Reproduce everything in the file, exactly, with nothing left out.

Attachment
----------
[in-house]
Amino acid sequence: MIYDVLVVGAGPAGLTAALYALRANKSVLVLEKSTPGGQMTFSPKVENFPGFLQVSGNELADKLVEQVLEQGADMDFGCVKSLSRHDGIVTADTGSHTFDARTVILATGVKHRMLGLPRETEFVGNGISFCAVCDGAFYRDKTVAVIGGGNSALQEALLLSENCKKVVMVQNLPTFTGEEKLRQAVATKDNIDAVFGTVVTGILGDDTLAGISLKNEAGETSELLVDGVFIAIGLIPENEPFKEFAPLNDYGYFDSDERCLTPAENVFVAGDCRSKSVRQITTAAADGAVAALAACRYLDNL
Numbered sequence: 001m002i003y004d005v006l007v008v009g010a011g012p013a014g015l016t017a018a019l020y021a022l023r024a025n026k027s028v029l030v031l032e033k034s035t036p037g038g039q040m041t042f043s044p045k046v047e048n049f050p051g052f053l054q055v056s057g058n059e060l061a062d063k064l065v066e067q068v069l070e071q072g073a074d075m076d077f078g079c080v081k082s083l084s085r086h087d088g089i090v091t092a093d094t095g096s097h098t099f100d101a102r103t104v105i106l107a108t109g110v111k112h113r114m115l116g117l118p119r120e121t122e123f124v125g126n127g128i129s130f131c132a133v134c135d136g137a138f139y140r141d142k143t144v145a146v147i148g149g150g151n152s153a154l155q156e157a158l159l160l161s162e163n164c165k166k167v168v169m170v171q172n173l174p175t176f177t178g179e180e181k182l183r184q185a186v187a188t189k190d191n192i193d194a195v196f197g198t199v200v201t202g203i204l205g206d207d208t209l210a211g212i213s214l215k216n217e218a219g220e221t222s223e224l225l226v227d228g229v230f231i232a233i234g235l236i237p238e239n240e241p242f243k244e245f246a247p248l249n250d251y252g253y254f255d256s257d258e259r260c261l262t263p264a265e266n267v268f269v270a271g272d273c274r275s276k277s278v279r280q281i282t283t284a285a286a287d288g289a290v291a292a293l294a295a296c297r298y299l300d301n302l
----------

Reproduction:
[in-house]
Amino acid sequence: MIYDVLVVGAGPAGLTAALYALRANKSVLVLEKSTPGGQMTFSPKVENFPGFLQVSGNELADKLVEQVLEQGADMDFGCVKSLSRHDGIVTADTGSHTFDARTVILATGVKHRMLGLPRETEFVGNGISFCAVCDGAFYRDKTVAVIGGGNSALQEALLLSENCKKVVMVQNLPTFTGEEKLRQAVATKDNIDAVFGTVVTGILGDDTLAGISLKNEAGETSELLVDGVFIAIGLIPENEPFKEFAPLNDYGYFDSDERCLTPAENVFVAGDCRSKSVRQITTAAADGAVAALAACRYLDNL
Numbered sequence: 001m002i003y004d005v006l007v008v009g010a011g012p013a014g015l016t017a018a019l020y021a022l023r024a025n026k027s028v029l030v031l032e033k034s035t036p037g038g039q040m041t042f043s044p045k046v047e048n049f050p051g052f053l054q055v056s057g058n059e060l061a062d063k064l065v066e067q068v069l070e071q072g073a074d075m076d077f078g079c080v081k082s083l084s085r086h087d088g089i090v091t092a093d094t095g096s097h098t099f100d101a102r103t104v105i106l107a108t109g110v111k112h113r114m115l116g117l118p119r120e121t122e123f124v125g126n127g128i129s130f131c132a133v134c135d136g137a138f139y140r141d142k143t144v145a146v147i148g149g150g151n152s153a154l155q156e157a158l159l160l161s162e163n164c165k166k167v168v169m170v171q172n173l174p175t176f177t178g179e180e181k182l183r184q185a186v187a188t189k190d191n192i193d194a195v196f197g198t199v200v201t202g203i204l205g206d207d208t209l210a211g212i213s214l215k216n217e218a219g220e221t222s223e224l225l226v227d228g229v230f231i232a233i234g235l236i237p238e239n240e241p242f243k244e245f246a247p248l249n250d251y252g253y254f255d256s257d258e259r260c261l262t263p264a265e266n267v268f269v270a271g272d273c274r275s276k277s278v279r280q281i282t283t284a285a286a287d288g289a290v291a292a293l294a295a296c297r298y299l300d301n302l